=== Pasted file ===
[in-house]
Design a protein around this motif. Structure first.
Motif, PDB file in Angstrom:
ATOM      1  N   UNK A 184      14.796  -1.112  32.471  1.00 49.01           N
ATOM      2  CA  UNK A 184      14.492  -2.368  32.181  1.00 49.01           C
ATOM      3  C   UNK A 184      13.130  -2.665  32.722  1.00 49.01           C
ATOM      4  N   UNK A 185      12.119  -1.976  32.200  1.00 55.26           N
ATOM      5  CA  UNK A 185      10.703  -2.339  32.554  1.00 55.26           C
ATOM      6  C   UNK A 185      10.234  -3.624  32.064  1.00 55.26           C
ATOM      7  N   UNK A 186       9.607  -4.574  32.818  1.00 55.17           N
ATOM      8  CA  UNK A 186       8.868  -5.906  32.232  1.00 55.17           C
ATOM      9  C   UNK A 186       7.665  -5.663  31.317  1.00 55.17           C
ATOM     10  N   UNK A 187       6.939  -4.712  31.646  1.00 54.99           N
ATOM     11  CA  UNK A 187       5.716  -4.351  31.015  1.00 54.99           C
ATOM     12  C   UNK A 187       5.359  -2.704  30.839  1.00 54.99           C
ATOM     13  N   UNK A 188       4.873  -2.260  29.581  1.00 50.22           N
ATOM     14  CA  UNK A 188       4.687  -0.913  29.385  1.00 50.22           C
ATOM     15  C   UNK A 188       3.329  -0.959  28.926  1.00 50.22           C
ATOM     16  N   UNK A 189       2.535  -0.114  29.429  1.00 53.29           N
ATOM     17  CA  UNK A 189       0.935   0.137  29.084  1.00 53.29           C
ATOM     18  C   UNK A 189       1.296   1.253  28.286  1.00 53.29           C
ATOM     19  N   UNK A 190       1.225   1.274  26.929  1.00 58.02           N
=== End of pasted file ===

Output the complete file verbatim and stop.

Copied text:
[in-house]
Design a protein around this motif. Structure first.
Motif, PDB file in Angstrom:
ATOM      1  N   UNK A 184      14.796  -1.112  32.471  1.00 49.01           N
ATOM      2  CA  UNK A 184      14.492  -2.368  32.181  1.00 49.01           C
ATOM      3  C   UNK A 184      13.130  -2.665  32.722  1.00 49.01           C
ATOM      4  N   UNK A 185      12.119  -1.976  32.200  1.00 55.26           N
ATOM      5  CA  UNK A 185      10.703  -2.339  32.554  1.00 55.26           C
ATOM      6  C   UNK A 185      10.234  -3.624  32.064  1.00 55.26           C
ATOM      7  N   UNK A 186       9.607  -4.574  32.818  1.00 55.17           N
ATOM      8  CA  UNK A 186       8.868  -5.906  32.232  1.00 55.17           C
ATOM      9  C   UNK A 186       7.665  -5.663  31.317  1.00 55.17           C
ATOM     10  N   UNK A 187       6.939  -4.712  31.646  1.00 54.99           N
ATOM     11  CA  UNK A 187       5.716  -4.351  31.015  1.00 54.99           C
ATOM     12  C   UNK A 187       5.359  -2.704  30.839  1.00 54.99           C
ATOM     13  N   UNK A 188       4.873  -2.260  29.581  1.00 50.22           N
ATOM     14  CA  UNK A 188       4.687  -0.913  29.385  1.00 50.22           C
ATOM     15  C   UNK A 188       3.329  -0.959  28.926  1.00 50.22           C
ATOM     16  N   UNK A 189       2.535  -0.114  29.429  1.00 53.29           N
ATOM     17  CA  UNK A 189       0.935   0.137  29.084  1.00 53.29           C
ATOM     18  C   UNK A 189       1.296   1.253  28.286  1.00 53.29           C
ATOM     19  N   UNK A 190       1.225   1.274  26.929  1.00 58.02           N